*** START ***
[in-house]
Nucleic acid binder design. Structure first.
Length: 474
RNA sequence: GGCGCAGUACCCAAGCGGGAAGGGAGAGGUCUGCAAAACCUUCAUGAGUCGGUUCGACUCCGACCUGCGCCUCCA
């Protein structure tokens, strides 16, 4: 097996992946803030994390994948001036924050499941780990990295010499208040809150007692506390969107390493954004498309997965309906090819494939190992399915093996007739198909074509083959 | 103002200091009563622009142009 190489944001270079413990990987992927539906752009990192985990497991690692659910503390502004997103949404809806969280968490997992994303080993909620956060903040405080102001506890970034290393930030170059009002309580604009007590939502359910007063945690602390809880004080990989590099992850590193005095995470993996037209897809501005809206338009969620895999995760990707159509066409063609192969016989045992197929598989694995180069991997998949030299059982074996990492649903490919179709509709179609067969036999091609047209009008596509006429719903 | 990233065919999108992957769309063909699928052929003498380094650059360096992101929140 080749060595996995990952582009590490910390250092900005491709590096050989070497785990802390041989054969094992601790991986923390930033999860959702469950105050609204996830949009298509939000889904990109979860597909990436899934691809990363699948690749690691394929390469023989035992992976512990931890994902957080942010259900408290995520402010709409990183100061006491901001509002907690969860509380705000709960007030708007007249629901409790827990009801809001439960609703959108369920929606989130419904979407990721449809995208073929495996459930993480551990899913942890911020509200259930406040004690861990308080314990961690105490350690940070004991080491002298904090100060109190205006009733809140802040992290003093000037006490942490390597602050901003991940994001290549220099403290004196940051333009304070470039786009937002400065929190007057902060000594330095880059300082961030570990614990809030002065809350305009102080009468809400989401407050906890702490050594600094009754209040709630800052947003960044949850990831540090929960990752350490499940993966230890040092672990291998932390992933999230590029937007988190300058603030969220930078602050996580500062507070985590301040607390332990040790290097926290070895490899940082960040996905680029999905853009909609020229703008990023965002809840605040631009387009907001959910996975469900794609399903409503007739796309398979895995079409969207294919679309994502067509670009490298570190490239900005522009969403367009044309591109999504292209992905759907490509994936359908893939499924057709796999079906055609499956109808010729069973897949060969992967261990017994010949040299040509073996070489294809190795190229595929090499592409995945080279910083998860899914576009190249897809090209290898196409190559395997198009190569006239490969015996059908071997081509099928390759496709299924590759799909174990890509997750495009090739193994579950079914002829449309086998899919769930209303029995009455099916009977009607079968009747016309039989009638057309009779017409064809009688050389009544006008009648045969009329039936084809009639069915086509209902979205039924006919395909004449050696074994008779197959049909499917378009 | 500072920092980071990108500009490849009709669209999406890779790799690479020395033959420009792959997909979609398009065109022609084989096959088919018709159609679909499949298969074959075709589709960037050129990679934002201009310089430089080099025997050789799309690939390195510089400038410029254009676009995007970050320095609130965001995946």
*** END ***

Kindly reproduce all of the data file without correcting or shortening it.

[in-house]
Nucleic acid binder design. Structure first.
Length: 474
RNA sequence: GGCGCAGUACCCAAGCGGGAAGGGAGAGGUCUGCAAAACCUUCAUGAGUCGGUUCGACUCCGACCUGCGCCUCCA
């Protein structure tokens, strides 16, 4: 097996992946803030994390994948001036924050499941780990990295010499208040809150007692506390969107390493954004498309997965309906090819494939190992399915093996007739198909074509083959 | 103002200091009563622009142009 190489944001270079413990990987992927539906752009990192985990497991690692659910503390502004997103949404809806969280968490997992994303080993909620956060903040405080102001506890970034290393930030170059009002309580604009007590939502359910007063945690602390809880004080990989590099992850590193005095995470993996037209897809501005809206338009969620895999995760990707159509066409063609192969016989045992197929598989694995180069991997998949030299059982074996990492649903490919179709509709179609067969036999091609047209009008596509006429719903 | 990233065919999108992957769309063909699928052929003498380094650059360096992101929140 080749060595996995990952582009590490910390250092900005491709590096050989070497785990802390041989054969094992601790991986923390930033999860959702469950105050609204996830949009298509939000889904990109979860597909990436899934691809990363699948690749690691394929390469023989035992992976512990931890994902957080942010259900408290995520402010709409990183100061006491901001509002907690969860509380705000709960007030708007007249629901409790827990009801809001439960609703959108369920929606989130419904979407990721449809995208073929495996459930993480551990899913942890911020509200259930406040004690861990308080314990961690105490350690940070004991080491002298904090100060109190205006009733809140802040992290003093000037006490942490390597602050901003991940994001290549220099403290004196940051333009304070470039786009937002400065929190007057902060000594330095880059300082961030570990614990809030002065809350305009102080009468809400989401407050906890702490050594600094009754209040709630800052947003960044949850990831540090929960990752350490499940993966230890040092672990291998932390992933999230590029937007988190300058603030969220930078602050996580500062507070985590301040607390332990040790290097926290070895490899940082960040996905680029999905853009909609020229703008990023965002809840605040631009387009907001959910996975469900794609399903409503007739796309398979895995079409969207294919679309994502067509670009490298570190490239900005522009969403367009044309591109999504292209992905759907490509994936359908893939499924057709796999079906055609499956109808010729069973897949060969992967261990017994010949040299040509073996070489294809190795190229595929090499592409995945080279910083998860899914576009190249897809090209290898196409190559395997198009190569006239490969015996059908071997081509099928390759496709299924590759799909174990890509997750495009090739193994579950079914002829449309086998899919769930209303029995009455099916009977009607079968009747016309039989009638057309009779017409064809009688050389009544006008009648045969009329039936084809009639069915086509209902979205039924006919395909004449050696074994008779197959049909499917378009 | 500072920092980071990108500009490849009709669209999406890779790799690479020395033959420009792959997909979609398009065109022609084989096959088919018709159609679909499949298969074959075709589709960037050129990679934002201009310089430089080099025997050789799309690939390195510089400038410029254009676009995007970050320095609130965001995946």